Urban Notebook

To Subsidize Development or Not?

These days it’s not hard to convince people to live downtown, or, for that matter, to get developers to build places for them to live. Increasingly, both millennials and baby boomers want urban amenities. They want to live close to work, parks and restaurants, and they want to be able to walk or bike to them. As a result, downtown populations have soared: 65,000 people now live in downtown Seattle, downtown Los Angeles -- traditionally not a residential area -- is home to 52,000 people, downtown Philadelphia has 57,000, and Boston has 17,000 (a 50 percent increase since 2000). 

Needless to say, these cities aren’t subsidizing downtown development. In some cases, they’ve actually started to extract fees and concessions from developers to build downtown. But that’s not the case everywhere.  READ MORE

When Outsourcing Works

Many public services are now outsourced. From education and transit to garbage pickup and park maintenance, there’s a notion that nongovernmental organizations can do things better. Certainly, privatization has seen its share of successes and failures. But one of those successes is economic development -- at least in Oklahoma City. 

Since the beginning, economic development in Oklahoma City has been handled not by a public entity as in many cities, but by the Chamber of Commerce. Putting the chamber or other private groups in charge of economic development has long been common at the local level. And as my colleague Alan Greenblatt wrote in these pages late last year, it’s starting to catch on in states, too. READ MORE

The Urbanization of the 'Burbs

Not long ago, I was sitting in a hotel ballroom in a suburban master planned community watching a panel of developers talk about, well, master planned communities. The hotel was located in an urban-ish town center with townhomes and mixed-use buildings and parking garages that cost a lot of money to park your car in. It wasn’t lost upon these developers that the differences between suburban and urban amenities were few and far between.

What was really striking, though, was that while they clearly understood the increasing urbanization of the suburbs from a business perspective, they didn’t really understand why it was happening. To hear them tell it, the walkable town center with the restaurants and the coffee shops was just a new type of amenity around which to market the housing in the master planned community. Put another way, they were just building town centers instead of golf courses. READ MORE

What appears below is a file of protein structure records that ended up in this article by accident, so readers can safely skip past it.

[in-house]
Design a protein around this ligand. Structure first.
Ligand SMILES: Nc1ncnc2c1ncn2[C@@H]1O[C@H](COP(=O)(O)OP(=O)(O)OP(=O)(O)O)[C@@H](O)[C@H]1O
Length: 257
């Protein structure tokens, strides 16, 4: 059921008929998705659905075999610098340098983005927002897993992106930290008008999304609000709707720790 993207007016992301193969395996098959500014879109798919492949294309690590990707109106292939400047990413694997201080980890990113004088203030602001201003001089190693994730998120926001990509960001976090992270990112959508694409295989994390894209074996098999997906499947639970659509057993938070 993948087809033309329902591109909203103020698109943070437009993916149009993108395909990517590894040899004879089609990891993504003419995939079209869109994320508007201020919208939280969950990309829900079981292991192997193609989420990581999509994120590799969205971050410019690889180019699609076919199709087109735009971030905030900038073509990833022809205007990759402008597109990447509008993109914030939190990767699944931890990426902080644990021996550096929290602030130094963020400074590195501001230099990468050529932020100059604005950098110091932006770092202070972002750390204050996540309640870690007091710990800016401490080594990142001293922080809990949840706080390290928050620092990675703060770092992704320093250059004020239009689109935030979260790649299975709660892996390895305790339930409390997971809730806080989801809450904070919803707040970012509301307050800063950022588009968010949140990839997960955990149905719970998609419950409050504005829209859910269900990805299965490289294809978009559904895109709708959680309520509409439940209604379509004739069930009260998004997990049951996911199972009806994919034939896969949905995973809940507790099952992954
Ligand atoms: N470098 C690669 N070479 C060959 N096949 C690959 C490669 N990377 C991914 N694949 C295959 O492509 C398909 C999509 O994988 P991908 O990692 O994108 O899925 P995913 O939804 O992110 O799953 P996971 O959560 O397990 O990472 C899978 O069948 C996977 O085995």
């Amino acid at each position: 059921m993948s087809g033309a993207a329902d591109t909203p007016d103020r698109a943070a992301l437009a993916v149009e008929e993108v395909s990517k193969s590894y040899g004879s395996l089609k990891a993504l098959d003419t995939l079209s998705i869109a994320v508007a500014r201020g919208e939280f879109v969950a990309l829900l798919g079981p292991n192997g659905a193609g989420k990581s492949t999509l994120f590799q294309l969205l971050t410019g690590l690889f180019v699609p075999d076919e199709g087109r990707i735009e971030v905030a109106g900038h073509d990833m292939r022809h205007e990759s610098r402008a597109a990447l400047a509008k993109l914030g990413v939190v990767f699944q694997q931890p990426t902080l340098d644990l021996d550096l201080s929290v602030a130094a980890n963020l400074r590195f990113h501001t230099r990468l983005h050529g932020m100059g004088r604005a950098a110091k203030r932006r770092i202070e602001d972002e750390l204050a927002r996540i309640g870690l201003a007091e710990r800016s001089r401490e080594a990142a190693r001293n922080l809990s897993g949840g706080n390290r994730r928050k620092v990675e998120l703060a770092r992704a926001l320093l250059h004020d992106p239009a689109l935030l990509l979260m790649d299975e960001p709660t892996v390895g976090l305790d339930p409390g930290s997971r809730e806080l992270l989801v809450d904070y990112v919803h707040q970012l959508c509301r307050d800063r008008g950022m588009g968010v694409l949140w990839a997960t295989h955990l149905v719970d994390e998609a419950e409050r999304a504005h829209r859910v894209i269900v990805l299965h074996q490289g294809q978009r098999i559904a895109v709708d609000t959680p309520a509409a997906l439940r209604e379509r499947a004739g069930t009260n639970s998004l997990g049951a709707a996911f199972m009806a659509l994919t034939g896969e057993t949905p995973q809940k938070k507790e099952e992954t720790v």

The Perils and Promises of a Popular Yet Controversial Financing Method

Tax increment financing (TIF) is one of the most popular financing techniques in a locality’s toolbox. It’s also one of the most unpopular methods among some policy wonks. Intended to eliminate blight in the poorest neighborhoods, TIF projects are often criticized for funneling money away from core services and to neighborhoods that are neither blighted nor poor. But the problem with TIF isn’t the policy itself. When applied properly, TIF can bring the notions of value capture and financial accountability to public works. 

TIF policies vary by structure. But generally TIF works like this: A municipality approves and floats bonds for a new amenity. Then the municipality draws a boundary around the area, estimating which properties will benefit from the amenity. To pay the debt, the municipality uses the added property or sales tax revenue -- called the “increment” -- that results from within the boundary.  READ MORE

In Defense of the Urban Freeway

I live in Midtown Houston just off the end of the “527 Spur,” a freeway stub that feeds traffic in and out of downtown. My neighborhood, once known as Little Saigon, is booming with new apartment buildings, bars and restaurants. It’s a quick car or transit ride to either of the city’s two biggest job centers: downtown or the Texas Medical Center. It’s also just a 10-minute commute via freeway to a third giant job center, the Galleria area.

I lived in a similar neighborhood in San Diego. Little Italy, located downtown, was within walking distance of my job at city hall. But most people in my neighborhood commuted to work by driving north on Interstate 5, out of downtown, toward the job centers in La Jolla and Mira Mesa. Every morning when I looked out my window at I-5, I saw the evidence. Traffic was backed up going out of the city. READ MORE